Let me explain my expertise: I had a childhood of Hallowe’ens in Sackville, New Brunswick. I’m not saying we did the most innovative and creative costumes every year (though the Three-Headed Monster costume was GENIUS, and I have yet to hear of a better idea from anyone ever), but the playfulness was there, and so was a bit of nice anarchy to accompany the homier traditions. We kids rambled and ran through leaves, probably making enormous messes that grown-ups had to rake up after us with a sigh. We had the perfect balance of tradition (my mother ALWAYS made us beans with hotdogs in them Hallowe’en night) and innovation (costume planning fun, slight alterations in route: “can we turn here?”, new pumpkin ideas) every year. The move to Toronto from Sackville, from a Hallowe’en perspective, was a severe disappointment. You couldn’t ramble, people drove around for trick-or-treating, which I consider, to this day, sacrilegious, and it was over way too soon. Too much candy, insufficient costuming. OBVIOUSLY no one baked, because the very IDEA of giving a stranger a homemade cookie is simply terrifying! I dunno, Hallowe’en in the Maritimes is a special thing, and I don’t think you city-dwellers have the right of it, sorry.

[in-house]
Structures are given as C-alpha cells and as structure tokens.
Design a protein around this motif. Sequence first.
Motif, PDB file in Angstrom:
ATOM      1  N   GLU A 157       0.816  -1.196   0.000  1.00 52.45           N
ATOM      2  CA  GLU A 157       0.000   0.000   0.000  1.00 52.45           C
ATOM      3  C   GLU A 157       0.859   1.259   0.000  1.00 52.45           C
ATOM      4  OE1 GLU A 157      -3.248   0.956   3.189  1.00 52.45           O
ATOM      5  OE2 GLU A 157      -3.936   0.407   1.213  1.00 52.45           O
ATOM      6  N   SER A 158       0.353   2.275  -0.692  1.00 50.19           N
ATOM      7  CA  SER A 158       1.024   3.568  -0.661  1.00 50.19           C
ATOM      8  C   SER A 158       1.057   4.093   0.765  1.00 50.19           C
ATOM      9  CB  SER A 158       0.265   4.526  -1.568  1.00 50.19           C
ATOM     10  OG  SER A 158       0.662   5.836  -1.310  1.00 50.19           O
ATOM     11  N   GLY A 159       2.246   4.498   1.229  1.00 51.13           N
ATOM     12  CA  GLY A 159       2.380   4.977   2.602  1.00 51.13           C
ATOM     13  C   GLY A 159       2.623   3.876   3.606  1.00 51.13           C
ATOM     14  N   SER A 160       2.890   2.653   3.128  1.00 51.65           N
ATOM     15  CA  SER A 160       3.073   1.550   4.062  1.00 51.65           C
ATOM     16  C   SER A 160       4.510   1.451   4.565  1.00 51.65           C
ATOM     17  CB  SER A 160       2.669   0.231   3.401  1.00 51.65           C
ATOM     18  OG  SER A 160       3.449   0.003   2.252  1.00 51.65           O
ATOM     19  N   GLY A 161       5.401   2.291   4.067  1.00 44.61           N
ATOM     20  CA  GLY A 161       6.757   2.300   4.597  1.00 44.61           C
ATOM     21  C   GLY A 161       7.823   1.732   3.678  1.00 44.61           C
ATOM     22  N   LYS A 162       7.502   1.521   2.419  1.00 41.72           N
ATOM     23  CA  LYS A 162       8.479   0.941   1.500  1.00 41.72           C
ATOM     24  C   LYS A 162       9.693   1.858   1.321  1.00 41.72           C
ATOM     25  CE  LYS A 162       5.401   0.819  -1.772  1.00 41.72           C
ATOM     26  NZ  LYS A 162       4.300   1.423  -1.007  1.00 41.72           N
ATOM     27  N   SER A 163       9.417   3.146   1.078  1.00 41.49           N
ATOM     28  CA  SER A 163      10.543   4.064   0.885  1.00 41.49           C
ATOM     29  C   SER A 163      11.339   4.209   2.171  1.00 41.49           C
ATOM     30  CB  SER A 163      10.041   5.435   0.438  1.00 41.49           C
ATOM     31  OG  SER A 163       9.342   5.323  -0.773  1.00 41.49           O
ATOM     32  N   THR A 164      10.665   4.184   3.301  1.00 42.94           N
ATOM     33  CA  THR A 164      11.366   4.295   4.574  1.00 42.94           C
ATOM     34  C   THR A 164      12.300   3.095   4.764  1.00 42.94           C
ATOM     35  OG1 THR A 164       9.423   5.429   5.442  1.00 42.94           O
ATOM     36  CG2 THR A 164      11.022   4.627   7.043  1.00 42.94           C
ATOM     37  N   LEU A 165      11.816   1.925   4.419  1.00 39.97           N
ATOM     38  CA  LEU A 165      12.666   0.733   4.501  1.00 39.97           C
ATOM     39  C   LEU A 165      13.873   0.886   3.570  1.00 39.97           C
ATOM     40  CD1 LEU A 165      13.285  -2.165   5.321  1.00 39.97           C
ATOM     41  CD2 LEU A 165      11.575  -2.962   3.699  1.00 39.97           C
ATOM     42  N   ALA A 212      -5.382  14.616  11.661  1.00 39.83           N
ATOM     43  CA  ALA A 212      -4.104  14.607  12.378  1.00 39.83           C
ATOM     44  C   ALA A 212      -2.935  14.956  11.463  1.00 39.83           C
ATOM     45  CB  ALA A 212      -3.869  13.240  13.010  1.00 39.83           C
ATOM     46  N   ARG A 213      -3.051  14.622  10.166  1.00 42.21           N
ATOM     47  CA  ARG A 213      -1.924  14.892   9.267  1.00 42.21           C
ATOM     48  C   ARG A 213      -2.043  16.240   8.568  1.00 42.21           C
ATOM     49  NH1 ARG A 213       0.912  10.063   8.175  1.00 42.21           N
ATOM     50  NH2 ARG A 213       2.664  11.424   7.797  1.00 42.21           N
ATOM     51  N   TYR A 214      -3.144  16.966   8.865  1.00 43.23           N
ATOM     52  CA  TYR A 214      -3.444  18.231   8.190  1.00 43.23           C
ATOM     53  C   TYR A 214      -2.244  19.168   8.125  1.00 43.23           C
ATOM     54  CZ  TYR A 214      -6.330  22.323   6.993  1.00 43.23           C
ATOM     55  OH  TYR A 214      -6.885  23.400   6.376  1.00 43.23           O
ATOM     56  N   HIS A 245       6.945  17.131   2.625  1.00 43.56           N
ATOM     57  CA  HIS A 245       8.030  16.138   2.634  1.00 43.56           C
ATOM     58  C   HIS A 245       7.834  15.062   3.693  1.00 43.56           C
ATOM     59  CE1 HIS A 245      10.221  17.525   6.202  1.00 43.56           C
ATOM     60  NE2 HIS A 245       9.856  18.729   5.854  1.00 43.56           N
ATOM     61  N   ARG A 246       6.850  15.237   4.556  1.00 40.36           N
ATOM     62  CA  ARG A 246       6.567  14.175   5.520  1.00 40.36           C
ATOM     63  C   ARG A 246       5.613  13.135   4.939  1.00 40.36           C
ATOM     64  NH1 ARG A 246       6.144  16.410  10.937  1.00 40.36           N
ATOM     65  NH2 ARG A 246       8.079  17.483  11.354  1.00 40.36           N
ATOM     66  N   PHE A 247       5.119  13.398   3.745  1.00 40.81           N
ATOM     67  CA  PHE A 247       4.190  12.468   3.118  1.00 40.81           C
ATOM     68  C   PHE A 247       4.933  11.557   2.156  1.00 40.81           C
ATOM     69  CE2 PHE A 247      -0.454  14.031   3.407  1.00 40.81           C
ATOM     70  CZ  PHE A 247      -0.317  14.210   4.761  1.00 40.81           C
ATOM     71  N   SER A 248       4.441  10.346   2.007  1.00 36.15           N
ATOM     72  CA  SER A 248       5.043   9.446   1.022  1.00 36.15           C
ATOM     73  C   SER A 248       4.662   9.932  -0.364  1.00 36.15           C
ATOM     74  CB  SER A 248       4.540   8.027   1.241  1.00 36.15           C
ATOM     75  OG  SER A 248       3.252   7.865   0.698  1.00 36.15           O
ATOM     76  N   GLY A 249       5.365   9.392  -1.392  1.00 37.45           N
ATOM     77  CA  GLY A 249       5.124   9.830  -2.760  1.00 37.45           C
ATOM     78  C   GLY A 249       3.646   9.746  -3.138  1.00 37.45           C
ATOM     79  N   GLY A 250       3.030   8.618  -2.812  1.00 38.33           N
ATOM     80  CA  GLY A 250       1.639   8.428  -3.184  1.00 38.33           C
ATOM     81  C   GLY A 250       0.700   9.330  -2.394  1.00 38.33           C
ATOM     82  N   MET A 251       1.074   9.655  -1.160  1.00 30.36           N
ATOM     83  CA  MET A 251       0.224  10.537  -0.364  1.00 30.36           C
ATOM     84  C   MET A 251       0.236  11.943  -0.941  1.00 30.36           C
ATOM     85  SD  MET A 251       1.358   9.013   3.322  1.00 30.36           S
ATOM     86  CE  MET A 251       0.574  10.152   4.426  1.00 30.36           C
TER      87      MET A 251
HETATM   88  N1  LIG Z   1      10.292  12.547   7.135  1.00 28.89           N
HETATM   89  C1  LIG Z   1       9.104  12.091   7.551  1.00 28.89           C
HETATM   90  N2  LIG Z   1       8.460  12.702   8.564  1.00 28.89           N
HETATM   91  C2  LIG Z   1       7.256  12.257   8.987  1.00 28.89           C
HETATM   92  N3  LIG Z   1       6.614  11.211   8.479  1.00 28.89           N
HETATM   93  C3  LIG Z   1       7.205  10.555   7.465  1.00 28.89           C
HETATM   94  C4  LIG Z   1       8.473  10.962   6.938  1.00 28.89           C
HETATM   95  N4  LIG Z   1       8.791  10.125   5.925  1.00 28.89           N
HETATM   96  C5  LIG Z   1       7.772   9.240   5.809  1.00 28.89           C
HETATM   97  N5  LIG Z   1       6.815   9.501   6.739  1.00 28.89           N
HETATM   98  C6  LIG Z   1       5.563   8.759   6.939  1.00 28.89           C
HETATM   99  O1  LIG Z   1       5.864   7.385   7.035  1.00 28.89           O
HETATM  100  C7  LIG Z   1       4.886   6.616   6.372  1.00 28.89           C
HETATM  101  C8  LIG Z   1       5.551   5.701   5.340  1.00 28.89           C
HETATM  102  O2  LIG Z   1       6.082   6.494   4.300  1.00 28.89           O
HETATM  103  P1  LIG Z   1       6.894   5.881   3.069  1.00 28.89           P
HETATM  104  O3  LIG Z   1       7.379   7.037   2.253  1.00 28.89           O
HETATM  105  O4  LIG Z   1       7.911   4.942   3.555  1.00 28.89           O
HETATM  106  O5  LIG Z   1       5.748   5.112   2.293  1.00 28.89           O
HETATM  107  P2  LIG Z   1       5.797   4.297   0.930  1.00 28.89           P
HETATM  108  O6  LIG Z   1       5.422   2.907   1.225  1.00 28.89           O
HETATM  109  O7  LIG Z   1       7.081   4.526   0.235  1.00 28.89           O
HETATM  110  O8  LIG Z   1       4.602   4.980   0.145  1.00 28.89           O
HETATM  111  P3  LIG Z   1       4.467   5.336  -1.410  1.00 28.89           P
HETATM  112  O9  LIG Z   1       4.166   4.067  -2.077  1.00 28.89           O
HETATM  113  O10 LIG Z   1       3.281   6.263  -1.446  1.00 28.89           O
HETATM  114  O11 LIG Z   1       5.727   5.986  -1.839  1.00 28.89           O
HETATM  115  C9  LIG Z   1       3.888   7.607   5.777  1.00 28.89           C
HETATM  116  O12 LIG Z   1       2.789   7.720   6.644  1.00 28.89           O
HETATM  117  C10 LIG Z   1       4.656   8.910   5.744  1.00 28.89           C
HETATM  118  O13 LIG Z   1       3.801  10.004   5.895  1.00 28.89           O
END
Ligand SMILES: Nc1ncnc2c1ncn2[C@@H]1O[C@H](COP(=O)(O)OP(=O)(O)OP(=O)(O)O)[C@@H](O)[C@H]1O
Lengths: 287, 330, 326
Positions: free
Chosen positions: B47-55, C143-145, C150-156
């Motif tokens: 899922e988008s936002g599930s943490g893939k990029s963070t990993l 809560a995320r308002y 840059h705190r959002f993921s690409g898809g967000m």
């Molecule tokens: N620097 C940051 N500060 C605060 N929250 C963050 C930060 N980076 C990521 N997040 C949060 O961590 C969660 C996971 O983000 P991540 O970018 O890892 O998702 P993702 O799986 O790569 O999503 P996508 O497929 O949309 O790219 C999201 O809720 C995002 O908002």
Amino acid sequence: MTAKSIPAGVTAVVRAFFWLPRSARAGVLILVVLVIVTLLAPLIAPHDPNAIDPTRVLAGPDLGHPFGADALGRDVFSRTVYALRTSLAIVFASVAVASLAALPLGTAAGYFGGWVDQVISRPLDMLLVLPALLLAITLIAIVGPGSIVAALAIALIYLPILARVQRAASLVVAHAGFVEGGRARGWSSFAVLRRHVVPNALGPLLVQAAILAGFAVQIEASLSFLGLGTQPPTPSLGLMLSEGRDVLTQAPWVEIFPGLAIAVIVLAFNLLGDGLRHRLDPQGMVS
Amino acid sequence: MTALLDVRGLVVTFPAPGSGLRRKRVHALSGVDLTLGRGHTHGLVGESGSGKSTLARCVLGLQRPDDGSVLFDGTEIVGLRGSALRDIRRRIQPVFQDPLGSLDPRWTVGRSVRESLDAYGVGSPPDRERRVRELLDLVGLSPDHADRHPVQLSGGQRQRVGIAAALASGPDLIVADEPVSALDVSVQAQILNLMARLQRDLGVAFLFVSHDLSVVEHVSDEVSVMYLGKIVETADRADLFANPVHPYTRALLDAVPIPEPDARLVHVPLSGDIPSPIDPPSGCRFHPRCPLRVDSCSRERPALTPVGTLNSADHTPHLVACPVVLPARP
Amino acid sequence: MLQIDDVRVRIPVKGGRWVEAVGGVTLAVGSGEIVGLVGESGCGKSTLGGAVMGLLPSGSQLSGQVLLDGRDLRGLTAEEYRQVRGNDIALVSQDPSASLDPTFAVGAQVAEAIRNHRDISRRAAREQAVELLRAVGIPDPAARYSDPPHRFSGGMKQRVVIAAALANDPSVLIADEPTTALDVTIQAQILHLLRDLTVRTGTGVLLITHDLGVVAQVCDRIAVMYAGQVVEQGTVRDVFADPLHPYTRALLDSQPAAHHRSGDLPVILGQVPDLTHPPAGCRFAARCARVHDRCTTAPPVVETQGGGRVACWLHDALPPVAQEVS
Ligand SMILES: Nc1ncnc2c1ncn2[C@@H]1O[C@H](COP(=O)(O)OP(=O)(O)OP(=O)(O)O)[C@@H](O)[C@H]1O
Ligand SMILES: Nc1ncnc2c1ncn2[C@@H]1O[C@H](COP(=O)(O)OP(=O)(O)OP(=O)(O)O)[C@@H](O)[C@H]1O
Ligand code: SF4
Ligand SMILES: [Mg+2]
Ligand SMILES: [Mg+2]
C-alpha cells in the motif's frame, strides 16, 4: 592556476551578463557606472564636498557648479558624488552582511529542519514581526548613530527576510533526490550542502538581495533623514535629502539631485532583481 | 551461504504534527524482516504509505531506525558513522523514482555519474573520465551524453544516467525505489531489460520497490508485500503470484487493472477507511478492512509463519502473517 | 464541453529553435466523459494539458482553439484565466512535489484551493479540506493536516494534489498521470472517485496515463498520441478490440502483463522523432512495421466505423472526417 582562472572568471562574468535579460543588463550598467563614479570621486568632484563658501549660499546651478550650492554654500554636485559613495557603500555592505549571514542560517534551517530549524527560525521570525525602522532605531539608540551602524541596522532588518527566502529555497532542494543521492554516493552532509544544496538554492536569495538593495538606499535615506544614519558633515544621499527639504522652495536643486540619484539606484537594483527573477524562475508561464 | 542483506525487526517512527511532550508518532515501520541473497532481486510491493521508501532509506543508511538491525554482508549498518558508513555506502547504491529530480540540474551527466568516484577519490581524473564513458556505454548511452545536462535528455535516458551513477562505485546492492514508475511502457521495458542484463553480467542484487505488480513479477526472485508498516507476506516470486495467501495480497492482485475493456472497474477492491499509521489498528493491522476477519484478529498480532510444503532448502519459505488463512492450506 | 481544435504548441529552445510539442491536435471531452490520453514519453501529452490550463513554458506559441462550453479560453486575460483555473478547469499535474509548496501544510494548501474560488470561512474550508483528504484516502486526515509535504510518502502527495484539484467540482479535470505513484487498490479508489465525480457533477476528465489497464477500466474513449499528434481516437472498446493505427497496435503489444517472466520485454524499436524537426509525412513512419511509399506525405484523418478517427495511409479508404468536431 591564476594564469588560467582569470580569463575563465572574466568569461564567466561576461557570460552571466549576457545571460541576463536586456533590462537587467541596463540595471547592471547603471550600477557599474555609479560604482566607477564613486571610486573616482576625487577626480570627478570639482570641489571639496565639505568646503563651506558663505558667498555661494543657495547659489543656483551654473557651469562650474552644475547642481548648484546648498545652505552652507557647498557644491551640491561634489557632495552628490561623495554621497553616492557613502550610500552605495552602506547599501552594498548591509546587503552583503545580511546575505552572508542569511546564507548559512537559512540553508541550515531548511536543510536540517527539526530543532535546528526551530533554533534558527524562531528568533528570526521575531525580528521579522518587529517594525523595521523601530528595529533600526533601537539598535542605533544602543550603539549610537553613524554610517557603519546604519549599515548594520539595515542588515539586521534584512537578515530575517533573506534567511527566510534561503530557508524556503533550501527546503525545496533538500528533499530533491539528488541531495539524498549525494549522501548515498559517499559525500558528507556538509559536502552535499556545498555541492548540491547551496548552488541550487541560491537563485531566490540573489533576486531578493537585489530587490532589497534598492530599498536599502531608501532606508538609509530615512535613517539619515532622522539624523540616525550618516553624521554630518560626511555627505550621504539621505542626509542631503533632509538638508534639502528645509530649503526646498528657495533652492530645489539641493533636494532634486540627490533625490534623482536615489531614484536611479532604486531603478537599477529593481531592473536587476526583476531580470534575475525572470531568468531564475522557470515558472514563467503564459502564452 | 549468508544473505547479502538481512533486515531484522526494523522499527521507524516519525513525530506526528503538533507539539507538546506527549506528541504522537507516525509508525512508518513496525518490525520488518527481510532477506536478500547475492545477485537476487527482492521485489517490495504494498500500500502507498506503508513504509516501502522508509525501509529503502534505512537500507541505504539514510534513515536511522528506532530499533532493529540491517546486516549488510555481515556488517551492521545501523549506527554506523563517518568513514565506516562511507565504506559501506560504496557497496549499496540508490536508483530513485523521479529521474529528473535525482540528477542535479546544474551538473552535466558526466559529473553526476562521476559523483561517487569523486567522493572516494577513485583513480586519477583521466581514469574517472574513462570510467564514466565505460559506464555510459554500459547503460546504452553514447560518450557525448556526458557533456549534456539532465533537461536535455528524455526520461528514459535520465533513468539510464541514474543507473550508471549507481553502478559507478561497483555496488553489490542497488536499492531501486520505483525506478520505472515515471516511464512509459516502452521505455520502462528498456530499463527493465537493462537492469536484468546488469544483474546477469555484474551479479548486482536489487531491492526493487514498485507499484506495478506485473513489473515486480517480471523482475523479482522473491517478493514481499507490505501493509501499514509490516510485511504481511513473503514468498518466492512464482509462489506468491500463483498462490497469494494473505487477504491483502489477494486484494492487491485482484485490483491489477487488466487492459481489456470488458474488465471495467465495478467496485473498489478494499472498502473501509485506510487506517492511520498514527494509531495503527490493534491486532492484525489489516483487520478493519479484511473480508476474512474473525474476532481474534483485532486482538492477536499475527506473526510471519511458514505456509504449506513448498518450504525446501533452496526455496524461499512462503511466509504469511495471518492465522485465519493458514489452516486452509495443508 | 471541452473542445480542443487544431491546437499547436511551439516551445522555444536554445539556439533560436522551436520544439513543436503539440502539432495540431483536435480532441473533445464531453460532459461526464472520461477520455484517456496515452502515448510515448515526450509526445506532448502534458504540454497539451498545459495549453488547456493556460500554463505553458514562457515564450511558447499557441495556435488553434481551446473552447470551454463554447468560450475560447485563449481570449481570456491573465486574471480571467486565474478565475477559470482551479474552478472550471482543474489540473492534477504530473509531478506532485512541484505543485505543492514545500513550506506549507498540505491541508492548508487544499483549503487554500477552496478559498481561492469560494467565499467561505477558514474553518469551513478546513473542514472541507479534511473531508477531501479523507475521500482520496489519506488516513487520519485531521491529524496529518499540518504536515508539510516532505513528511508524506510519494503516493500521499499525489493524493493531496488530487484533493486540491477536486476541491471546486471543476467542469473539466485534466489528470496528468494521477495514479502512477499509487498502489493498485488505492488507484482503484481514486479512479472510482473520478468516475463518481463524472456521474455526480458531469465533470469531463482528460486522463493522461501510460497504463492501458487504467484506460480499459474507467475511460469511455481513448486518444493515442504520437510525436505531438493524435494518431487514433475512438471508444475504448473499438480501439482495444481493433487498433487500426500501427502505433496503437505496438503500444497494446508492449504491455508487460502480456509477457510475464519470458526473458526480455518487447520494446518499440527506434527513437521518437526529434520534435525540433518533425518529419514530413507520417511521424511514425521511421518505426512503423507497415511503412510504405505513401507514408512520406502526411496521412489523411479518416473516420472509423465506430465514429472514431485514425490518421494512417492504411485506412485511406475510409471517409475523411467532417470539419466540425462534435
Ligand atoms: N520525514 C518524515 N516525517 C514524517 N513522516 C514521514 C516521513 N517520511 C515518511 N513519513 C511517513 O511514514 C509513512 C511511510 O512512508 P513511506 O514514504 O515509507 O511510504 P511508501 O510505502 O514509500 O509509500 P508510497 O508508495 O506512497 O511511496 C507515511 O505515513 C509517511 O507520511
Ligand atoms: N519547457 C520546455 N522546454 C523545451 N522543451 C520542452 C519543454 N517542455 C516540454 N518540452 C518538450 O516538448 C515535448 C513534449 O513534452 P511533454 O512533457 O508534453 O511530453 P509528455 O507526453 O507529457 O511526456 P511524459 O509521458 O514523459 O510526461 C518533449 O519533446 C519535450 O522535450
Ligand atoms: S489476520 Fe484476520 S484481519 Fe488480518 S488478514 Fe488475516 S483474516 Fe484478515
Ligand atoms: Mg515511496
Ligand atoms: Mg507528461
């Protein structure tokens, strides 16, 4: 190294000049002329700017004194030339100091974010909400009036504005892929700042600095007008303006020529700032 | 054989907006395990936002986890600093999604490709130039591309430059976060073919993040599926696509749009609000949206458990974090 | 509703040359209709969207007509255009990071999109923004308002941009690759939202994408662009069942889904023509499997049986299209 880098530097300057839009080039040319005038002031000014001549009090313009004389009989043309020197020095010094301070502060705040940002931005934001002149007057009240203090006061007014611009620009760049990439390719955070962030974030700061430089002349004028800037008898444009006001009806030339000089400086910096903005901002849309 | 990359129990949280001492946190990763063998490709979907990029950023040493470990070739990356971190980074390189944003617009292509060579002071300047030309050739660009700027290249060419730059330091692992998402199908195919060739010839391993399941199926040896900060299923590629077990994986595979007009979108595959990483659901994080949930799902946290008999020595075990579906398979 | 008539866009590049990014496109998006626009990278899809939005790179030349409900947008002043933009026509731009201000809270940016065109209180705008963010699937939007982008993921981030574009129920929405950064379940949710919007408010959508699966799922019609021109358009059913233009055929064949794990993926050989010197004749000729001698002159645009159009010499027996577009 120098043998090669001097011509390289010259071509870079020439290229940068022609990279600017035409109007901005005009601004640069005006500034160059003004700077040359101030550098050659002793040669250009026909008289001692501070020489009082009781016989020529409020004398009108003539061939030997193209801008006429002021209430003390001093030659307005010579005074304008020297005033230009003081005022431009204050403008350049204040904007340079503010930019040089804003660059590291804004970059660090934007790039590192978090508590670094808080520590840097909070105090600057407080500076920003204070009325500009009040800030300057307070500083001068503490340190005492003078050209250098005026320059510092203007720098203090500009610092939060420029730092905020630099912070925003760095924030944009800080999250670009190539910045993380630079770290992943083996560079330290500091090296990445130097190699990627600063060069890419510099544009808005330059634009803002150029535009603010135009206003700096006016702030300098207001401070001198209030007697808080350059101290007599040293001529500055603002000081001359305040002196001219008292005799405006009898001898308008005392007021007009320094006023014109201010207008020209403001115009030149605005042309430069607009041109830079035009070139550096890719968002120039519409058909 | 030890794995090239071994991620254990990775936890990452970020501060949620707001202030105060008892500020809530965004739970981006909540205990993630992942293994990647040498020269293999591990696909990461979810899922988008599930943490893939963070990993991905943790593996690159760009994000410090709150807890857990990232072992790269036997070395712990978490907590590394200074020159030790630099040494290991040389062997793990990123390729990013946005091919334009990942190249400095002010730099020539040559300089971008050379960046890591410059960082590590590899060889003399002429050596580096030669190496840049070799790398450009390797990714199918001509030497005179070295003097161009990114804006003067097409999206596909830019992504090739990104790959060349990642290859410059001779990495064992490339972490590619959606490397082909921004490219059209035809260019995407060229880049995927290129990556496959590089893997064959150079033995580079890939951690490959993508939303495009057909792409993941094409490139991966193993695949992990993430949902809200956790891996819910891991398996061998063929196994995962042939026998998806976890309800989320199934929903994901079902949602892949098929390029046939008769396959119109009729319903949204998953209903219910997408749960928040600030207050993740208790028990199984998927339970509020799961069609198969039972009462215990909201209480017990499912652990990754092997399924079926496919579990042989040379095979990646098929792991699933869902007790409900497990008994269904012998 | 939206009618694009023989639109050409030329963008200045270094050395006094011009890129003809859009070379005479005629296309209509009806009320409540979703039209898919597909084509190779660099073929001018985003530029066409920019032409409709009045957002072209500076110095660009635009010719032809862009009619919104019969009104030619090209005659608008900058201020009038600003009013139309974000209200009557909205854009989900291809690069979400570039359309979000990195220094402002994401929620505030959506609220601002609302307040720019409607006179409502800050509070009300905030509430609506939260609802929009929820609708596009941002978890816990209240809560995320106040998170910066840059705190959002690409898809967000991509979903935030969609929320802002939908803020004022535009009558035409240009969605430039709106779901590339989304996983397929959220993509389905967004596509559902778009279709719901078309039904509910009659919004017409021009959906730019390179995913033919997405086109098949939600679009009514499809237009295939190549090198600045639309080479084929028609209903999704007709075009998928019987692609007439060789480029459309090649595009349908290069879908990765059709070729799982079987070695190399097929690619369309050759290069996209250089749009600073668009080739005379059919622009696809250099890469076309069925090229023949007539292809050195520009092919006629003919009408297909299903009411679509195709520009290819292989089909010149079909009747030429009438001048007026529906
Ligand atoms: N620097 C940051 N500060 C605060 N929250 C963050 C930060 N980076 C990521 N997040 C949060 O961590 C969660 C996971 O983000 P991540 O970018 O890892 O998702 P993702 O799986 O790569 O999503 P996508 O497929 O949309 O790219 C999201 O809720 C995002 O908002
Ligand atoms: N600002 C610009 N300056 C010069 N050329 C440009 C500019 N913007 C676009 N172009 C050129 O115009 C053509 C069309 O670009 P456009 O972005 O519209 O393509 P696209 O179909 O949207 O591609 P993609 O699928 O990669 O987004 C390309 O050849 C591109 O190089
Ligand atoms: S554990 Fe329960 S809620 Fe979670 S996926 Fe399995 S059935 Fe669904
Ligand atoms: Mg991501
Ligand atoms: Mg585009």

Now, what does this have to do with books, you’re asking? And would I please be so kind as to tell you about this book of ghost stories? Patience, readers.
This year is, you may have noticed, different. I don’t know about you, but my family’s decided against trick-or-treating this year (I’m sure this depends on location, but here in Massachusetts we’re being extra careful so that we don’t have to close schools again, basically). My Changeling will be changing costumes (probably three times, she has several ideas) at home, not rambling from house to house with her cousin. And I thought: “We have to do something special. We have to bring out the spooky playfulness of Hallowe’en at home.” We’re going to decorate. We’re going to have a backyard scavenger hunt to get a bit of candy in there, fine, but we’re also doing spooky candles (she thought we should put them in pairs to look like glowing eyes, isn’t that a great idea?), and I’ll make our traditional Hallowe’en supper (we don’t do beans with hotdogs, we do mac and cheese, and she can help me cut out cookies) and I have LOTS of stories she doesn’t know about yet.